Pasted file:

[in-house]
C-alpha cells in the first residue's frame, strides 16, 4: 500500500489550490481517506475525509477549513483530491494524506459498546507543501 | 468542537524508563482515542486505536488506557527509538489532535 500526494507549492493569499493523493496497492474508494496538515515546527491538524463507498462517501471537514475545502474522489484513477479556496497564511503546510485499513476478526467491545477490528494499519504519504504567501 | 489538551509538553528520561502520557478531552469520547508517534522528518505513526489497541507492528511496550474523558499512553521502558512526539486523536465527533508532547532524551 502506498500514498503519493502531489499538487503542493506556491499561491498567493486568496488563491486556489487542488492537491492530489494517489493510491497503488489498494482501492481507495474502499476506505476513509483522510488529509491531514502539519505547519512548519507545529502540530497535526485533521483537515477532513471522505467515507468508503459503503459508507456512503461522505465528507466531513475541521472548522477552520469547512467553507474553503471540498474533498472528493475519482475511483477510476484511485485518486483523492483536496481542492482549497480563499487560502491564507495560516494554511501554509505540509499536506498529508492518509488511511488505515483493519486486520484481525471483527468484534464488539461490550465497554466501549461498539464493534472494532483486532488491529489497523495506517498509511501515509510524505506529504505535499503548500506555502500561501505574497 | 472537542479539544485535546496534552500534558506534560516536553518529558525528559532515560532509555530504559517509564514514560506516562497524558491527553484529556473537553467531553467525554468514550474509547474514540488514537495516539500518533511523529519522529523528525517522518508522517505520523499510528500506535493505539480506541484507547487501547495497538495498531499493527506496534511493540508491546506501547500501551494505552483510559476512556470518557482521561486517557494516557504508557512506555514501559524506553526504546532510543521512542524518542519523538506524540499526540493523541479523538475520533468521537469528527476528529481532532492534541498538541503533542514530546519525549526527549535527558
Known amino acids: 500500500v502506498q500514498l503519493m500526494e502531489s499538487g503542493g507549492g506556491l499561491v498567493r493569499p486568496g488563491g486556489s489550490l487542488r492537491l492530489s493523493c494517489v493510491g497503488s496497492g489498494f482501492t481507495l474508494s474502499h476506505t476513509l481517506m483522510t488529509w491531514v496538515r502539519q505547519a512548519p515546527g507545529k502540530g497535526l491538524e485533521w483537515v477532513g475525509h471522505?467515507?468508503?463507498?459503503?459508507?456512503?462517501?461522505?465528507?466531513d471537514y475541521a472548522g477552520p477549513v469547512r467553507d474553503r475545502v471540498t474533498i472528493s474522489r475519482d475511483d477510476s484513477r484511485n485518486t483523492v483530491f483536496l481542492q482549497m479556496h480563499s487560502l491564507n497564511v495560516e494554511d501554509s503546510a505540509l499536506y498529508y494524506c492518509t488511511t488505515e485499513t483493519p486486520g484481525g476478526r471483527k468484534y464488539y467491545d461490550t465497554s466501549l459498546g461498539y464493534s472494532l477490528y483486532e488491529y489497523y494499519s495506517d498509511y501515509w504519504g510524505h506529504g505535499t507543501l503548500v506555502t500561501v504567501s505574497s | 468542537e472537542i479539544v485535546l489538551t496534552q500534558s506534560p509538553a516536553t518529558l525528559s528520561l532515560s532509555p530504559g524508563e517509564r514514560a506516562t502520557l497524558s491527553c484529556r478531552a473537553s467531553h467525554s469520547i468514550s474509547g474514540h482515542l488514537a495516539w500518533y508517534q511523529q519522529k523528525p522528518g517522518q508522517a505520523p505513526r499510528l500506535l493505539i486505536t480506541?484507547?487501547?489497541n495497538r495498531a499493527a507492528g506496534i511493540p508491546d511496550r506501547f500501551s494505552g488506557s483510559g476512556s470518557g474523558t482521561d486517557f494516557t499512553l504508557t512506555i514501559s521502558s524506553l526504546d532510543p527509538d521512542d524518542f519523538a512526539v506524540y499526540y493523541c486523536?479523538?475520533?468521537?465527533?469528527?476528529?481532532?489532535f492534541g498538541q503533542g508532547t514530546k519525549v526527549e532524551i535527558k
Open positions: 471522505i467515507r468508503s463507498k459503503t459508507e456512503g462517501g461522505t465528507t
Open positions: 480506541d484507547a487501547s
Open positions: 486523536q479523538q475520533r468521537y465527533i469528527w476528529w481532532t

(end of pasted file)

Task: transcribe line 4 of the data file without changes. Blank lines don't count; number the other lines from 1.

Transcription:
Open positions: 471522505i467515507r468508503s463507498k459503503t459508507e456512503g462517501g461522505t465528507t